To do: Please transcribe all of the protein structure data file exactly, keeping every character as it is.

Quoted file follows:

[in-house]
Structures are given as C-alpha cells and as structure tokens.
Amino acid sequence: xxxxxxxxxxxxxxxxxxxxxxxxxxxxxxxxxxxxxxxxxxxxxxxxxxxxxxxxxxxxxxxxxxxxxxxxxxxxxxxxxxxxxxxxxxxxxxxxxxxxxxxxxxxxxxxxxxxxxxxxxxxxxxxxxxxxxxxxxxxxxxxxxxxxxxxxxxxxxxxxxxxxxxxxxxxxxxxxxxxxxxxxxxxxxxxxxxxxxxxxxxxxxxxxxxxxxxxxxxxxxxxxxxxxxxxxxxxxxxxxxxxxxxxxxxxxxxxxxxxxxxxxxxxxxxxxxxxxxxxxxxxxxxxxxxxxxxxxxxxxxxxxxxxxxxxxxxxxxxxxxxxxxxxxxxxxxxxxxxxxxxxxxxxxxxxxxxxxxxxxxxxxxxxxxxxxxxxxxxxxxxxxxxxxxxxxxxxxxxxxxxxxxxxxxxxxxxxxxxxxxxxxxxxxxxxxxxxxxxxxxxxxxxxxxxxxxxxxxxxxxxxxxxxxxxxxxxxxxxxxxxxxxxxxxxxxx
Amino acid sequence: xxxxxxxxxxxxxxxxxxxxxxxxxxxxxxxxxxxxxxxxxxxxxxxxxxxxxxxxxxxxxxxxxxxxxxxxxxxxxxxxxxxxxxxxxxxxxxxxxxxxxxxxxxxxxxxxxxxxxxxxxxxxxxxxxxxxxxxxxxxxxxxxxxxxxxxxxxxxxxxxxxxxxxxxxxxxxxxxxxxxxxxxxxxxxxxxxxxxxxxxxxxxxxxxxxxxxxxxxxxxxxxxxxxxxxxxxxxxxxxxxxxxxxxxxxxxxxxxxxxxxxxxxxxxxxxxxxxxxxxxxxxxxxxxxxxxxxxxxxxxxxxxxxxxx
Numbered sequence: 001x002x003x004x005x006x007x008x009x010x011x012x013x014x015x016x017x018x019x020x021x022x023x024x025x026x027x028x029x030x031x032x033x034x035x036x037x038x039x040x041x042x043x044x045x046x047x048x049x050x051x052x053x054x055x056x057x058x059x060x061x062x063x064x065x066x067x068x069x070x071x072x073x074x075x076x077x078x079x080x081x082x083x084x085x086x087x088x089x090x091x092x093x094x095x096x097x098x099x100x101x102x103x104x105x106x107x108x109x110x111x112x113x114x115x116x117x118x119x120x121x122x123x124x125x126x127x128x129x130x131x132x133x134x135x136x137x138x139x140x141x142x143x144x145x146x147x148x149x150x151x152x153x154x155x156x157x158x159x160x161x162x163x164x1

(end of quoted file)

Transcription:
[in-house]
Structures are given as C-alpha cells and as structure tokens.
Amino acid sequence: xxxxxxxxxxxxxxxxxxxxxxxxxxxxxxxxxxxxxxxxxxxxxxxxxxxxxxxxxxxxxxxxxxxxxxxxxxxxxxxxxxxxxxxxxxxxxxxxxxxxxxxxxxxxxxxxxxxxxxxxxxxxxxxxxxxxxxxxxxxxxxxxxxxxxxxxxxxxxxxxxxxxxxxxxxxxxxxxxxxxxxxxxxxxxxxxxxxxxxxxxxxxxxxxxxxxxxxxxxxxxxxxxxxxxxxxxxxxxxxxxxxxxxxxxxxxxxxxxxxxxxxxxxxxxxxxxxxxxxxxxxxxxxxxxxxxxxxxxxxxxxxxxxxxxxxxxxxxxxxxxxxxxxxxxxxxxxxxxxxxxxxxxxxxxxxxxxxxxxxxxxxxxxxxxxxxxxxxxxxxxxxxxxxxxxxxxxxxxxxxxxxxxxxxxxxxxxxxxxxxxxxxxxxxxxxxxxxxxxxxxxxxxxxxxxxxxxxxxxxxxxxxxxxxxxxxxxxxxxxxxxxxxxxxxxxxx
Amino acid sequence: xxxxxxxxxxxxxxxxxxxxxxxxxxxxxxxxxxxxxxxxxxxxxxxxxxxxxxxxxxxxxxxxxxxxxxxxxxxxxxxxxxxxxxxxxxxxxxxxxxxxxxxxxxxxxxxxxxxxxxxxxxxxxxxxxxxxxxxxxxxxxxxxxxxxxxxxxxxxxxxxxxxxxxxxxxxxxxxxxxxxxxxxxxxxxxxxxxxxxxxxxxxxxxxxxxxxxxxxxxxxxxxxxxxxxxxxxxxxxxxxxxxxxxxxxxxxxxxxxxxxxxxxxxxxxxxxxxxxxxxxxxxxxxxxxxxxxxxxxxxxxxxxxxxxx
Numbered sequence: 001x002x003x004x005x006x007x008x009x010x011x012x013x014x015x016x017x018x019x020x021x022x023x024x025x026x027x028x029x030x031x032x033x034x035x036x037x038x039x040x041x042x043x044x045x046x047x048x049x050x051x052x053x054x055x056x057x058x059x060x061x062x063x064x065x066x067x068x069x070x071x072x073x074x075x076x077x078x079x080x081x082x083x084x085x086x087x088x089x090x091x092x093x094x095x096x097x098x099x100x101x102x103x104x105x106x107x108x109x110x111x112x113x114x115x116x117x118x119x120x121x122x123x124x125x126x127x128x129x130x131x132x133x134x135x136x137x138x139x140x141x142x143x144x145x146x147x148x149x150x151x152x153x154x155x156x157x158x159x160x161x162x163x164x1